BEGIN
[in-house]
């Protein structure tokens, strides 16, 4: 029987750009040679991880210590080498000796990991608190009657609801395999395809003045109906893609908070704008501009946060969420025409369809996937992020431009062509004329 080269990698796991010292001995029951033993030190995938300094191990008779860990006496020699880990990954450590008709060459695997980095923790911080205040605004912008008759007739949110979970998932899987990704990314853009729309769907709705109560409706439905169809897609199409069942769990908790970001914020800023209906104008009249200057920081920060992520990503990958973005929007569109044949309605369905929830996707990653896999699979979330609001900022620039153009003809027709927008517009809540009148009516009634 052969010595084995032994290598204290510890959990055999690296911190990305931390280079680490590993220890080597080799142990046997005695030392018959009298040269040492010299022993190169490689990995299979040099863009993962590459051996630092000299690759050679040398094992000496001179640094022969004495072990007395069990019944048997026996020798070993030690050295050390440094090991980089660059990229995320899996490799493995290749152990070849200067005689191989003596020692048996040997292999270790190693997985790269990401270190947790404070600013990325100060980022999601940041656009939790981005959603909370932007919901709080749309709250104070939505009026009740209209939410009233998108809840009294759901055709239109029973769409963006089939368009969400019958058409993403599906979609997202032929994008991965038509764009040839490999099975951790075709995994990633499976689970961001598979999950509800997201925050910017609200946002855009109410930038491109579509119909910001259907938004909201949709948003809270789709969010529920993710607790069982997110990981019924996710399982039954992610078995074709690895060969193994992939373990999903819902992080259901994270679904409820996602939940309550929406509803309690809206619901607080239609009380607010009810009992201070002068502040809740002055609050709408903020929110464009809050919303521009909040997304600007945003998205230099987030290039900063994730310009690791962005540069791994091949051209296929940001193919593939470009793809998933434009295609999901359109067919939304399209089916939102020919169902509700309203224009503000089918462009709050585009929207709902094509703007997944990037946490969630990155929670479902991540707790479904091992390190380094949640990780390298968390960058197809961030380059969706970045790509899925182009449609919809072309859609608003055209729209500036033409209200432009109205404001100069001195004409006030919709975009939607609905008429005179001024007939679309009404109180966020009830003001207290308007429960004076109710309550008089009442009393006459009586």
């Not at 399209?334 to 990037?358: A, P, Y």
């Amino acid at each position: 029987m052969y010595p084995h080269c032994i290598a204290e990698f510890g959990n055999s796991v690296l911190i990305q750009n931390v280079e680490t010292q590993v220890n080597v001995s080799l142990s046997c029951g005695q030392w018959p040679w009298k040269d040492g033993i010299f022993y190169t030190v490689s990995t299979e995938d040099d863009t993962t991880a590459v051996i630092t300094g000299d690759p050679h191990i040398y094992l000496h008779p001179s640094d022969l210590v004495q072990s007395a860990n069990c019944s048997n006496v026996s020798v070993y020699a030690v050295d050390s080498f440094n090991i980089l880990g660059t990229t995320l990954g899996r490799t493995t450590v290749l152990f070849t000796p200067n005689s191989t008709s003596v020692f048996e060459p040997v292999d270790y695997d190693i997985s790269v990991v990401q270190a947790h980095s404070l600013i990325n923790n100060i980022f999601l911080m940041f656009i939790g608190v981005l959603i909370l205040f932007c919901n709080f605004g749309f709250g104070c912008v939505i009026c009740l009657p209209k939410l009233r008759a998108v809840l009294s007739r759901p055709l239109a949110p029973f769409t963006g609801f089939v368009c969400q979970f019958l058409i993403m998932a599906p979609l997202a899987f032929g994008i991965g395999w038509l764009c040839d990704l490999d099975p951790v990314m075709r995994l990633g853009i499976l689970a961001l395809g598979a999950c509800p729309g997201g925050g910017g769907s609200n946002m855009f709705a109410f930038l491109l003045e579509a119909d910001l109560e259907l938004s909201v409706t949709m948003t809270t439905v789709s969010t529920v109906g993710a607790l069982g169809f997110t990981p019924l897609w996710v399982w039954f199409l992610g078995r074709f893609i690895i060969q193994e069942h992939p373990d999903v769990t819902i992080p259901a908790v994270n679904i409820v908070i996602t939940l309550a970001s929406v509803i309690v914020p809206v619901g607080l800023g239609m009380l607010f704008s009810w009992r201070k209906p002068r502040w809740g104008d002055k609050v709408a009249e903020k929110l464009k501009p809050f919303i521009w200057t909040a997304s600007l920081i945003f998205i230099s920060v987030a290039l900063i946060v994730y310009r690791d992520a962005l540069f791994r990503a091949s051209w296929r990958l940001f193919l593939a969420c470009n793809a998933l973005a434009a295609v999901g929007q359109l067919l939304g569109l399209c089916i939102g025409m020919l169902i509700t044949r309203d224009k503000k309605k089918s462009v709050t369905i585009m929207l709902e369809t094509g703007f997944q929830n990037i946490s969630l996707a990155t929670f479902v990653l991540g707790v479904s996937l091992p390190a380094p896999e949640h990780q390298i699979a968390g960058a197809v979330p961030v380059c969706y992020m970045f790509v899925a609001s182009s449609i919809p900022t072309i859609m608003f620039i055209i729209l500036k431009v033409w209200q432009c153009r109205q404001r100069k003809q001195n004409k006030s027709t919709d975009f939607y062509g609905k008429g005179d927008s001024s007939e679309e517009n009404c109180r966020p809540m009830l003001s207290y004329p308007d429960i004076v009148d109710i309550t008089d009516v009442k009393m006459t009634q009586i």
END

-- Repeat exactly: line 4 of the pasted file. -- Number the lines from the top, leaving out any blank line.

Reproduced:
């Amino acid at each position: 029987m052969y010595p084995h080269c032994i290598a204290e990698f510890g959990n055999s796991v690296l911190i990305q750009n931390v280079e680490t010292q590993v220890n080597v001995s080799l142990s046997c029951g005695q030392w018959p040679w009298k040269d040492g033993i010299f022993y190169t030190v490689s990995t299979e995938d040099d863009t993962t991880a590459v051996i630092t300094g000299d690759p050679h191990i040398y094992l000496h008779p001179s640094d022969l210590v004495q072990s007395a860990n069990c019944s048997n006496v026996s020798v070993y020699a030690v050295d050390s080498f440094n090991i980089l880990g660059t990229t995320l990954g899996r490799t493995t450590v290749l152990f070849t000796p200067n005689s191989t008709s003596v020692f048996e060459p040997v292999d270790y695997d190693i997985s790269v990991v990401q270190a947790h980095s404070l600013i990325n923790n100060i980022f999601l911080m940041f656009i939790g608190v981005l959603i909370l205040f932007c919901n709080f605004g749309f709250g104070c912008v939505i009026c009740l009657p209209k939410l009233r008759a998108v809840l009294s007739r759901p055709l239109a949110p029973f769409t963006g609801f089939v368009c969400q979970f019958l058409i993403m998932a599906p979609l997202a899987f032929g994008i991965g395999w038509l764009c040839d990704l490999d099975p951790v990314m075709r995994l990633g853009i499976l689970a961001l395809g598979a999950c509800p729309g997201g925050g910017g769907s609200n946002m855009f709705a109410f930038l491109l003045e579509a119909d910001l109560e259907l938004s909201v409706t949709m948003t809270t439905v789709s969010t529920v109906g993710a607790l069982g169809f997110t990981p019924l897609w996710v399982w039954f199409l992610g078995r074709f893609i690895i060969q193994e069942h992939p373990d999903v769990t819902i992080p259901a908790v994270n679904i409820v908070i996602t939940l309550a970001s929406v509803i309690v914020p809206v619901g607080l800023g239609m009380l607010f704008s009810w009992r201070k209906p002068r502040w809740g104008d002055k609050v709408a009249e903020k929110l464009k501009p809050f919303i521009w200057t909040a997304s600007l920081i945003f998205i230099s920060v987030a290039l900063i946060v994730y310009r690791d992520a962005l540069f791994r990503a091949s051209w296929r990958l940001f193919l593939a969420c470009n793809a998933l973005a434009a295609v999901g929007q359109l067919l939304g569109l399209c089916i939102g025409m020919l169902i509700t044949r309203d224009k503000k309605k089918s462009v709050t369905i585009m929207l709902e369809t094509g703007f997944q929830n990037i946490s969630l996707a990155t929670f479902v990653l991540g707790v479904s996937l091992p390190a380094p896999e949640h990780q390298i699979a968390g960058a197809v979330p961030v380059c969706y992020m970045f790509v899925a609001s182009s449609i919809p900022t072309i859609m608003f620039i055209i729209l500036k431009v033409w209200q432009c153009r109205q404001r100069k003809q001195n004409k006030s027709t919709d975009f939607y062509g609905k008429g005179d927008s001024s007939e679309e517009n009404c109180r966020p809540m009830l003001s207290y004329p308007d429960i004076v009148d109710i309550t008089d009516v009442k009393m006459t009634q009586i």